The City of Maple Ridge was caught by surprise when it was announced that the historic Hammond Cedar sawmill would be shut down, leaving the future of the industrial site in question.
“The loss of the mill was not expected by the city or the neighbourhood and thus no pre-planning of the site was done when the Hammond Area Plan was adopted in early 2017,” said Chuck Goddard, director of planning.
The 109-year-old mill was closed as part of a reorganization of Interfor Corp.’s coastal operations, resulting in about 200 people losing their jobs and leaving the future of the site unknown.
“Generally speaking, the official community plan supports retention of all our current industrial designated lands in the city,” Goddard explained.
“There is also a general shortage of industrial land in the region and many communities are looking for a way to increase the supply. We are also looking for additional lands in the range of approximately 200-plus acres for future industrial uses.”
The former sawmill site (20580 Maple Cres.) is currently zoned for general industrial (M-2), which allows for a significant range of industrial uses, he added.
In the city’s recently adopted commercial industrial strategy, future industrial land has been set aside along Lougheed Highway, east of 240th Street, and lands at the northern end of 256th Street, according to Goddard.
But as the strategy outlines, Maple Ridge is still forecasting to face a shortage of industrial lands within 10 years.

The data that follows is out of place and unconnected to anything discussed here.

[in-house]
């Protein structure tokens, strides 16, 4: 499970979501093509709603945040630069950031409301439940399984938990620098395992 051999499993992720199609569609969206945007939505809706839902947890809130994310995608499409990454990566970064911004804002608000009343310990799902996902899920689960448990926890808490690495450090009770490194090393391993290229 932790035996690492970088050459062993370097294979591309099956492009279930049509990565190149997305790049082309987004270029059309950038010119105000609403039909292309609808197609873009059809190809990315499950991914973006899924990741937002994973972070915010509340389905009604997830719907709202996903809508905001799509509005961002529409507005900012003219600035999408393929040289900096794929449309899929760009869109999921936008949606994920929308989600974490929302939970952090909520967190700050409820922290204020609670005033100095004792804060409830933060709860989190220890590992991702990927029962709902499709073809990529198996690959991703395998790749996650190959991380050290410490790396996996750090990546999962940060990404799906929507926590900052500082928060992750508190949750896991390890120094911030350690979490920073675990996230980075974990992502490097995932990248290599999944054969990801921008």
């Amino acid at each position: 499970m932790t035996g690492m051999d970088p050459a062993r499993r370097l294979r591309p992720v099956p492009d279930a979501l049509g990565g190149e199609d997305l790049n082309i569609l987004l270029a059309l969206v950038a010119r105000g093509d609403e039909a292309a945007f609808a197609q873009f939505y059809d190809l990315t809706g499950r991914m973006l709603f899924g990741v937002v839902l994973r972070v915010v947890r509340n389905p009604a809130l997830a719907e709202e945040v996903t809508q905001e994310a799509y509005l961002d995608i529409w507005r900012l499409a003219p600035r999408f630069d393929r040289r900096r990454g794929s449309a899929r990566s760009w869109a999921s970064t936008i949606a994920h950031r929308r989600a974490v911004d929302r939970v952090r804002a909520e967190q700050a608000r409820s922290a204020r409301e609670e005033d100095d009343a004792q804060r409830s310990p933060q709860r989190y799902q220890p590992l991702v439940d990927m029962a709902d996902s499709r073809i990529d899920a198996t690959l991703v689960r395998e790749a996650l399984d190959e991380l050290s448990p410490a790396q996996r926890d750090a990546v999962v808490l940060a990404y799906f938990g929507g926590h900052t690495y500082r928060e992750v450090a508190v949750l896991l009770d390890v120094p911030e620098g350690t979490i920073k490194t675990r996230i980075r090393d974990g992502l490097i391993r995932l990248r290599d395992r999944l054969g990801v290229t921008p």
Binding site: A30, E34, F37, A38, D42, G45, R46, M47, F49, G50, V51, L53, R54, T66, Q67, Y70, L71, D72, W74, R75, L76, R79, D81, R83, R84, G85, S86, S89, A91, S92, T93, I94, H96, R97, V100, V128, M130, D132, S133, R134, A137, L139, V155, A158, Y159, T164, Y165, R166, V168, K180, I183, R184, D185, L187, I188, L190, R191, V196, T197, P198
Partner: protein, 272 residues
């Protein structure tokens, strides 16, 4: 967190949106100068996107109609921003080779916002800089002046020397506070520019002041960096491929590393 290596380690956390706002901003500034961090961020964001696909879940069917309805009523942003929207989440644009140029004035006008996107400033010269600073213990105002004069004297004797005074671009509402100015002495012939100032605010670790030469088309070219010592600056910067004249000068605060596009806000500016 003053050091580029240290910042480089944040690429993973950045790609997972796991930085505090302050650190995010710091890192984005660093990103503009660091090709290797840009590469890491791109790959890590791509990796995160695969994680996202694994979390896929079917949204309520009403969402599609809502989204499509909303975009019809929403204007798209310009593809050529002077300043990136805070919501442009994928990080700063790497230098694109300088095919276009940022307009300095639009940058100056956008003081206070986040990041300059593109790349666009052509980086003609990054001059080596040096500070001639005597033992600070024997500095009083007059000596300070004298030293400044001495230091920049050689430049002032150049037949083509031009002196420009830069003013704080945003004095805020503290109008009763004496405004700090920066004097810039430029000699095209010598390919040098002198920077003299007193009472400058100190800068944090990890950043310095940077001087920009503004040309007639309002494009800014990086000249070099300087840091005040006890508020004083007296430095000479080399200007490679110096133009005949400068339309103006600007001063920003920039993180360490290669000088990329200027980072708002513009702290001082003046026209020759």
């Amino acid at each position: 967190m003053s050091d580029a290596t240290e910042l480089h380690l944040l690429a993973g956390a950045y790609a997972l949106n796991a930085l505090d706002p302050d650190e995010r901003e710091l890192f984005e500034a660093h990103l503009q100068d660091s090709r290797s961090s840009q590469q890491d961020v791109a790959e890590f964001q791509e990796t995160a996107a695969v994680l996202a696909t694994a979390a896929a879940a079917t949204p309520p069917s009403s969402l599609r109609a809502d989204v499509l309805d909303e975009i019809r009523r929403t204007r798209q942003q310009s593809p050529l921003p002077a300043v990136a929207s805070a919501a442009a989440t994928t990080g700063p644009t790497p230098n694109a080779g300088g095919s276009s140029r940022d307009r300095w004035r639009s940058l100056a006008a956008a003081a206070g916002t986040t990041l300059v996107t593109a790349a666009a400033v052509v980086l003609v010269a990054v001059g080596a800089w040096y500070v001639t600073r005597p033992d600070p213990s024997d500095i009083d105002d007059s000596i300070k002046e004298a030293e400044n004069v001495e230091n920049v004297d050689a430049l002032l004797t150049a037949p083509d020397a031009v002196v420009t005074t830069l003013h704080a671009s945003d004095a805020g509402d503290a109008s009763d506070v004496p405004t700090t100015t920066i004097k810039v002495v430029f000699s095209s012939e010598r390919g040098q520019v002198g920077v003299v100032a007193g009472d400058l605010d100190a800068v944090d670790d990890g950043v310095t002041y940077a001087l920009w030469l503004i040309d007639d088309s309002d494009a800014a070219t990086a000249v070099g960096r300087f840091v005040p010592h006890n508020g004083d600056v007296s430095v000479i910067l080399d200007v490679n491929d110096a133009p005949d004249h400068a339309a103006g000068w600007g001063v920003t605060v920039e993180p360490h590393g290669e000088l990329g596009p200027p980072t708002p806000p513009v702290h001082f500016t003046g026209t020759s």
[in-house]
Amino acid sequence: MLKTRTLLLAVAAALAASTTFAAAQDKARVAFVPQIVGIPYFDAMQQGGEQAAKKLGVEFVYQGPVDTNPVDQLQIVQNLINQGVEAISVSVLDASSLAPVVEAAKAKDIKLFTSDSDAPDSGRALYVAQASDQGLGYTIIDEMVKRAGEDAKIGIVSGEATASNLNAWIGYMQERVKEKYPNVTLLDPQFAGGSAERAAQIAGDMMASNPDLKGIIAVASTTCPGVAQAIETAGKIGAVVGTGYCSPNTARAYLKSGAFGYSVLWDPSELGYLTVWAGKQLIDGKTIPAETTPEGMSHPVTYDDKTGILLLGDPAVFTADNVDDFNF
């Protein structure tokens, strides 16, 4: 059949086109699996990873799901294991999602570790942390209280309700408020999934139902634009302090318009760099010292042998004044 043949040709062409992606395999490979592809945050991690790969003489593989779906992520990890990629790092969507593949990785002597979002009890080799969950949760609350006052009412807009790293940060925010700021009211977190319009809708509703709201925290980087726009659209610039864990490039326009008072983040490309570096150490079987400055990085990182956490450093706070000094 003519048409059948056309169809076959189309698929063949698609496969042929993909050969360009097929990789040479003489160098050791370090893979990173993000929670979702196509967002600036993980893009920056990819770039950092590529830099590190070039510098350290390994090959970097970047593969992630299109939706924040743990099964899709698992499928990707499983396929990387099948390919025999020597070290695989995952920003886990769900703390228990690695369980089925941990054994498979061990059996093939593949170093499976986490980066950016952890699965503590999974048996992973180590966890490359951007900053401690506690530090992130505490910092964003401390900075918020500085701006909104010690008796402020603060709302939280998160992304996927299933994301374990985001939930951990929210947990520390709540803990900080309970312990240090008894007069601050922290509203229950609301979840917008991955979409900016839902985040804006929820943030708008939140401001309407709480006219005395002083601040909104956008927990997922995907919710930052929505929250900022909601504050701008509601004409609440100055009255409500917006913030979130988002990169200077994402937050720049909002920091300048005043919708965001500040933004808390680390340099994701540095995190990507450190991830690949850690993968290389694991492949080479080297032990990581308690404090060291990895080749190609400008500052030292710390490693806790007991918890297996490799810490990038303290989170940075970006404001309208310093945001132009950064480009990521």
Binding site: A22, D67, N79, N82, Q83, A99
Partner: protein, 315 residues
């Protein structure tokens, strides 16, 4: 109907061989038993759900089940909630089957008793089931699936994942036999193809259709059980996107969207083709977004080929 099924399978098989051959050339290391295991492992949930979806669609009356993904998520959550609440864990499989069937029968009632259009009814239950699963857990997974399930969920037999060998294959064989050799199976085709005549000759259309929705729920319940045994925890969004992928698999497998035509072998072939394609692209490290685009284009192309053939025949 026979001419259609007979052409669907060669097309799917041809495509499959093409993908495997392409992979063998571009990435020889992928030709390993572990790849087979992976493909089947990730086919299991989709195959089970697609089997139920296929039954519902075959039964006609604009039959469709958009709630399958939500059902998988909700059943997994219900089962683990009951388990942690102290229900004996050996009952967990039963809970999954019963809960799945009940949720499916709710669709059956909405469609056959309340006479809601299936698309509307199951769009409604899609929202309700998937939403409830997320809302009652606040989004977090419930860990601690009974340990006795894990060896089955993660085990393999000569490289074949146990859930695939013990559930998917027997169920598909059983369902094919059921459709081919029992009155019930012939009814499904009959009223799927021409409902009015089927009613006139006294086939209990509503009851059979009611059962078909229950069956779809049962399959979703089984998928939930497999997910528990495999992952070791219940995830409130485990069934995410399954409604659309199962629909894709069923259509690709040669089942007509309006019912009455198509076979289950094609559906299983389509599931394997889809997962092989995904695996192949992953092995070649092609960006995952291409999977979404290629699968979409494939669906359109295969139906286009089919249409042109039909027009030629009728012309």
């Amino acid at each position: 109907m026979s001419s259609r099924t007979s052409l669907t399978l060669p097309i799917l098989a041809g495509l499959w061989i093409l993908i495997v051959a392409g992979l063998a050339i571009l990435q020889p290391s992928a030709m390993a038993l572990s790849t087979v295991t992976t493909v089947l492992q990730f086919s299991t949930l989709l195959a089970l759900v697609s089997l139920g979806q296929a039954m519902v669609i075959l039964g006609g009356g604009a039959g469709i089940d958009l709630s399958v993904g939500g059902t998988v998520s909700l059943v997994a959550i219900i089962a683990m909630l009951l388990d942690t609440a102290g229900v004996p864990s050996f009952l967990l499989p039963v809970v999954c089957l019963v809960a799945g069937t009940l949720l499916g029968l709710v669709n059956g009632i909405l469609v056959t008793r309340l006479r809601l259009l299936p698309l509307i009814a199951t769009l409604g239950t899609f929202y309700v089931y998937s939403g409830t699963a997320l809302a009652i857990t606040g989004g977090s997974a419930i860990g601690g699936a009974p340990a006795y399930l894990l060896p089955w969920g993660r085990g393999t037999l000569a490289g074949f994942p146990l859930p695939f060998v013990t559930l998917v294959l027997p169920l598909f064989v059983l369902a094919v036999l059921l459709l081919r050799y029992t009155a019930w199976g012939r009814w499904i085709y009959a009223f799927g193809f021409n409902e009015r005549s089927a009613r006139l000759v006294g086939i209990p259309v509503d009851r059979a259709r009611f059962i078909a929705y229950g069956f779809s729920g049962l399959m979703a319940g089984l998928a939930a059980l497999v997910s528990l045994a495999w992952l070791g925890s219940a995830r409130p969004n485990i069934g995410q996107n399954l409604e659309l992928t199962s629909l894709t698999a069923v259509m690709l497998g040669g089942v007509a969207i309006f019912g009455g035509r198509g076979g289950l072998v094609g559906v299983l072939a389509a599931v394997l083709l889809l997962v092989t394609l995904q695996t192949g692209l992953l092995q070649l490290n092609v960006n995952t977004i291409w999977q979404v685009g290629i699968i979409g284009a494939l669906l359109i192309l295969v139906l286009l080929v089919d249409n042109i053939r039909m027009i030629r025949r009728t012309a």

The area is currently marketed as an industrial site and Goddard said the city has had a few inquiries, but the new owner could seek to rezone the site for a business park (M-3).
“Which, in my opinion, might be a good fit with the existing residential homes nearby,” he said. “I would think the impacts would be fewer with such users.”
However, residential use could also be a possibility.
“A rezoning to residential use would require a significantly more complicated process. A regional land use designation change would have to occur and be difficult to justify,” Goddard explained.
“I would think this would require another public engagement process with Hammond residents before council would consider a non-industrial use of some or all of the site.”
City staff would prefer the site remain for industrial use, as it works to develop more lands for that same use.
“Such new lands will allow more Maple Ridge residents to work with the city boundaries, reduce commuting and thus our carbon footprint, support the local economy and improve our tax base and reduce the tax burden on our residential property tax base,” Goddard said.